Which foot first?

Well, I hope you’re ready to go with the socks, because I am! Let’s do a check before we go though, so that we don’t forget anything. This is a sock knitting tutorial or KAL, and because of that, you don’t have to specifically have sock yarn, but it will be nicer if you do so that at the end you can actually wear the socks you make. I wouldn’t recommend you break the bank on the yarn for this first pair, but once you get used to making socks, you’ll probably want to invest a few more dollars into a good yarn. We’ll discuss more options about that later. So for the materials, we’ll need yarn, appropriate  sized needles in either double pointed or circular (get a couple of pairs around the recommended size for the yarn), a pattern (actually, you don’t need that as I’ll be providing it as we go), a tape measure, and a big cup of tea! Let’s get started!

Now the first thing we need to do is get an accurate gauge. We will do this preferably in the round as that is how the socks will be knitted, but you’ll be okay flat as well. Now before you get upset and try to skip to the next step, let me tell you that if you don’t have a gauge you won’t be able to use the pattern, as you’ll have to make some minor calculations as we go along. Getting a gauge is a good thing because it will allow you to experiment with the yarn and different methods of casting on. Yes, I did say methods – plural – and that’s what we’re going to talk about today to get started on these socks. Arguably, the most important part of the sock is the cuff – which can either be cast on or off, depending on the direction you’re knitting in. In this instance, it will be cast on. Regardless of the direction, the top of the cuff needs to be elastic, so the socks cling to the calf or foot and stay up. I have a very stretchy cast off for when we go in the other direction, and luckily, I also know a few stretchy cast ons as well. You’ll have a little homework before we start the socks to see which one you prefer. I recommend you try at least 2 different types, if for no other reason than to have at least 2 different ones in your arsenal. Here is a link to a tutorial on knitty.com that shows you a few different ones. The most common one is the long or twin tail cast on. It provides a fairly elastic edge and is suitable for most socks.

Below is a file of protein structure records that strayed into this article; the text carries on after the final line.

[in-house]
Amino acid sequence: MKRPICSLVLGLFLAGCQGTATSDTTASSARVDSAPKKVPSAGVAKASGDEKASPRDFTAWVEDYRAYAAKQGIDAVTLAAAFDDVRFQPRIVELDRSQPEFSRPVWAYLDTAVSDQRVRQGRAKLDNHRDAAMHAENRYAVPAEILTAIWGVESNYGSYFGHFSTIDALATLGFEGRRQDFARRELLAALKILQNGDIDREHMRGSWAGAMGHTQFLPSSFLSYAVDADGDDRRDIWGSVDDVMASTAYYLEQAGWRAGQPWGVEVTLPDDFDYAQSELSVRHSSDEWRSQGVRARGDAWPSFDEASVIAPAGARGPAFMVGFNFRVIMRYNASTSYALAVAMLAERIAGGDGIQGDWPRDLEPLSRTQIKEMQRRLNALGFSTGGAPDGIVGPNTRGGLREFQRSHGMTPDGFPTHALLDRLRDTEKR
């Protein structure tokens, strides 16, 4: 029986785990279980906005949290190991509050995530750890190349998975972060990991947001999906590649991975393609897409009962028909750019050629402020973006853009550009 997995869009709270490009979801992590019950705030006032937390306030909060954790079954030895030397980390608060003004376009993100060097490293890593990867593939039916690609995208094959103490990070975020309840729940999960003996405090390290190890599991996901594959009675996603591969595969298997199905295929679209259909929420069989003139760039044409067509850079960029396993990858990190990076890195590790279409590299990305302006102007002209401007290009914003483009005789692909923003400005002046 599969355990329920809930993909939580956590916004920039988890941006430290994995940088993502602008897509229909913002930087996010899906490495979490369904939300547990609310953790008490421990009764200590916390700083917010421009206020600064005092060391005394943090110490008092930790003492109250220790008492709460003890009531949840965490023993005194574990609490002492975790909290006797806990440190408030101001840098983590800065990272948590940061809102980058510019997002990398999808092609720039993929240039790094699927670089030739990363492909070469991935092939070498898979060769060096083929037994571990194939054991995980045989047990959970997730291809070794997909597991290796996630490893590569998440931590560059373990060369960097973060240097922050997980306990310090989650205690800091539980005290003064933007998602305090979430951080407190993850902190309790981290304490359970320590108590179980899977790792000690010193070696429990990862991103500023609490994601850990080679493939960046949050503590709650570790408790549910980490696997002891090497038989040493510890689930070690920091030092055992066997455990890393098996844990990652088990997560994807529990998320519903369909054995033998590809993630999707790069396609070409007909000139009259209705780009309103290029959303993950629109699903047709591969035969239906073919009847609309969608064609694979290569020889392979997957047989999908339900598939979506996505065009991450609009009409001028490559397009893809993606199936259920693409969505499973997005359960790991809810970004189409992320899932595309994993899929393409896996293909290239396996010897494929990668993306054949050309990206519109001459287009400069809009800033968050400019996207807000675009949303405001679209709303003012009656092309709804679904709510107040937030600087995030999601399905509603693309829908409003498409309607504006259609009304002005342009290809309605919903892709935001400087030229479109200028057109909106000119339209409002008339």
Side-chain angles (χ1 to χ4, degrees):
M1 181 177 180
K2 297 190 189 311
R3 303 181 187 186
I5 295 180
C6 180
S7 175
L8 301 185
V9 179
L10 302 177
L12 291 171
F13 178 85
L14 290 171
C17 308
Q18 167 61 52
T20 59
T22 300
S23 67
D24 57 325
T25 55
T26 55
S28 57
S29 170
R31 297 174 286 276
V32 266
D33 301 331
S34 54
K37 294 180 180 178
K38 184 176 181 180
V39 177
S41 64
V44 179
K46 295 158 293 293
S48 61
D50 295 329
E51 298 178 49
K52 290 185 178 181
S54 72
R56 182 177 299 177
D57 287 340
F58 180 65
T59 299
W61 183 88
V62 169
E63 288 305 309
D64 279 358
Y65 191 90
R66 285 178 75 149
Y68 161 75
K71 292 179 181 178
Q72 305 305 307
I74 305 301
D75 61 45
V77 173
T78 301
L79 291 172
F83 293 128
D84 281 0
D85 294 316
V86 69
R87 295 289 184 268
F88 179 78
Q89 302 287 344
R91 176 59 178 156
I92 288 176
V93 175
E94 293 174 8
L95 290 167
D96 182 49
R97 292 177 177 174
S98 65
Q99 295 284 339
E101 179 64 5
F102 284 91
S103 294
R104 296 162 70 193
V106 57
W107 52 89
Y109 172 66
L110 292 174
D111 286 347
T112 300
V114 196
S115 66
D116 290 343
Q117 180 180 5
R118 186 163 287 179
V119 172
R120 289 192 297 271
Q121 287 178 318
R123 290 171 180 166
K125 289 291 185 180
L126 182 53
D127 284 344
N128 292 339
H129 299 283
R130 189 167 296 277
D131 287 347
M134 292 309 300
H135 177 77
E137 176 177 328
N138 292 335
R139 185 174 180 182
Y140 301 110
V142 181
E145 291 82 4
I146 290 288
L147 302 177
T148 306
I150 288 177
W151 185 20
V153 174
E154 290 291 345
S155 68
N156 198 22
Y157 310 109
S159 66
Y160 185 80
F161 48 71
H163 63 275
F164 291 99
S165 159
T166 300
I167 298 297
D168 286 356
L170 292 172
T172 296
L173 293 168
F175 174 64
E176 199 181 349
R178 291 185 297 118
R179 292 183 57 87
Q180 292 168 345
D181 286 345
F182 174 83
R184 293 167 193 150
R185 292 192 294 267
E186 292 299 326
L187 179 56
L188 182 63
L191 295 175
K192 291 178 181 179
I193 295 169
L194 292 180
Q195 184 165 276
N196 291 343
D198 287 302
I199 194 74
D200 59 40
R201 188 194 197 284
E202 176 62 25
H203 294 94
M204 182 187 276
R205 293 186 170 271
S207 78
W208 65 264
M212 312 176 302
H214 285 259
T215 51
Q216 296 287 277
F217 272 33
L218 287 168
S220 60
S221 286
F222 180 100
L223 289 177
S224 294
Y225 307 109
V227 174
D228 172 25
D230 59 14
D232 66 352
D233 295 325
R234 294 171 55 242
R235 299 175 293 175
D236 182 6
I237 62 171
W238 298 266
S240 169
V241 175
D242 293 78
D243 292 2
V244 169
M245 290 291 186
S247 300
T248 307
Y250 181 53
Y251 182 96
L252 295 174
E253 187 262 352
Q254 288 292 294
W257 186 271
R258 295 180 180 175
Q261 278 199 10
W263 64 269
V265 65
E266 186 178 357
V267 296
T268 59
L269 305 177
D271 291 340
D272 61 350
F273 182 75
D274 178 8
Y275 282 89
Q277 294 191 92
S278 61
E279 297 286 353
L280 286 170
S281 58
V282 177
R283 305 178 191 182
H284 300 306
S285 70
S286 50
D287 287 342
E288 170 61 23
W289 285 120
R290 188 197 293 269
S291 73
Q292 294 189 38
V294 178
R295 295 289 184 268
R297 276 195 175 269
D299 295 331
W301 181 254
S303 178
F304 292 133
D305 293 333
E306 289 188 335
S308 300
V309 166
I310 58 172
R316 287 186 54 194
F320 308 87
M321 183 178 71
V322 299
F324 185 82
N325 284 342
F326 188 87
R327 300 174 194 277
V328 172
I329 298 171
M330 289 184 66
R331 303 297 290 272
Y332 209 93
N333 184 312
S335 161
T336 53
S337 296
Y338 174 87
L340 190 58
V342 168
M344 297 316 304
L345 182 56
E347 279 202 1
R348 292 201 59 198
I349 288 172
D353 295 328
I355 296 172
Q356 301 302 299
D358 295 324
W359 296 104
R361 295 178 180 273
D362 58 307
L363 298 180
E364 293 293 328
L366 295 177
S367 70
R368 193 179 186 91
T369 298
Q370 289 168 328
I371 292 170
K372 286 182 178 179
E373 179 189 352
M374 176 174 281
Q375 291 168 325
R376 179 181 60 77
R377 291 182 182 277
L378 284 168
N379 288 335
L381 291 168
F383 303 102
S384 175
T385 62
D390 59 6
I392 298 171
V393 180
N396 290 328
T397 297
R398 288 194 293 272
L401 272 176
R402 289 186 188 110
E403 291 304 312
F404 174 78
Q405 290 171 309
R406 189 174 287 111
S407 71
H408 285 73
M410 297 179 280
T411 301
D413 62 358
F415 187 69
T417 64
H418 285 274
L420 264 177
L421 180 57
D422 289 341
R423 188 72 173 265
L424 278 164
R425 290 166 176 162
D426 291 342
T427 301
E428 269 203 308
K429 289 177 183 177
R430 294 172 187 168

Knitty.com Cast on Tutorial

For the long tail cast on, here is a variation you might find helpful as it allows you to cast on knit and/or purl stitches as per your pattern. Number the strands from left to right (from the outside of your thumb to the outside of your index finger) from 1-4. The regular long tail cast on takes the needle and goes over and under strand 1, then over and under strand 3, then through the hole between strand 1 and 2. This creates a knit stitch on your needle.

To create a purl stitch, we will do the opposite. Take the needle and go over and under strand 4, over and under strand 2, then through the hole between strand 3 and 4. Let the yarn slide off your index finger, replace the finger, and tighten the stitch. Since it is the exact opposite of what you have been doing thus far, it will seem a little strange at first. After a little practice you’ll have it mastered. This cast on is as elastic as the long tail cast on (it’s really the same) but with the benefit of allowing you to cast on in your rib pattern, whatever it may be. Try it with some waste yarn until you’re used to it.

Saving the best for last, here is a video of Jeny Staiman demonstrating the EXTREMELY stretchy slip knot cast on. I just learned this and tried it today and was surprised at how stretchy it was. It also works great for a rib (single or double). You can find Jeny at curiousknitter.net, the location of her blog. Here is the video.

So now that you have a few different ways to cast on, here is your homework. You need to cast on some stitches to make a gauge. If you are using sock yarn you will probably need at least 40. After you cast on, work in the round if you can, and do a 2×2 rib for about 4-5 inches, then stocking stitch for about the same. Cast off your stitches and block your work. It’s probably a good idea to use 2 different swatches so that you can use 2 different cast on methods. Also, the rib won’t affect the gauge of the ss and vice versa. If you’re not happy with the way the work looks, try using a smaller or larger needle. If you’re  not using sock yarn, it is a good idea to go a few sizes smaller than what the yarn label suggests, as socks need to be knit tighter than regular work. To block your swatch, try stretching it over a wire coat hanger. After it is dry, measure it and write down your results. Monday we’ll use those results to start the socks!

Hugzzz 😎

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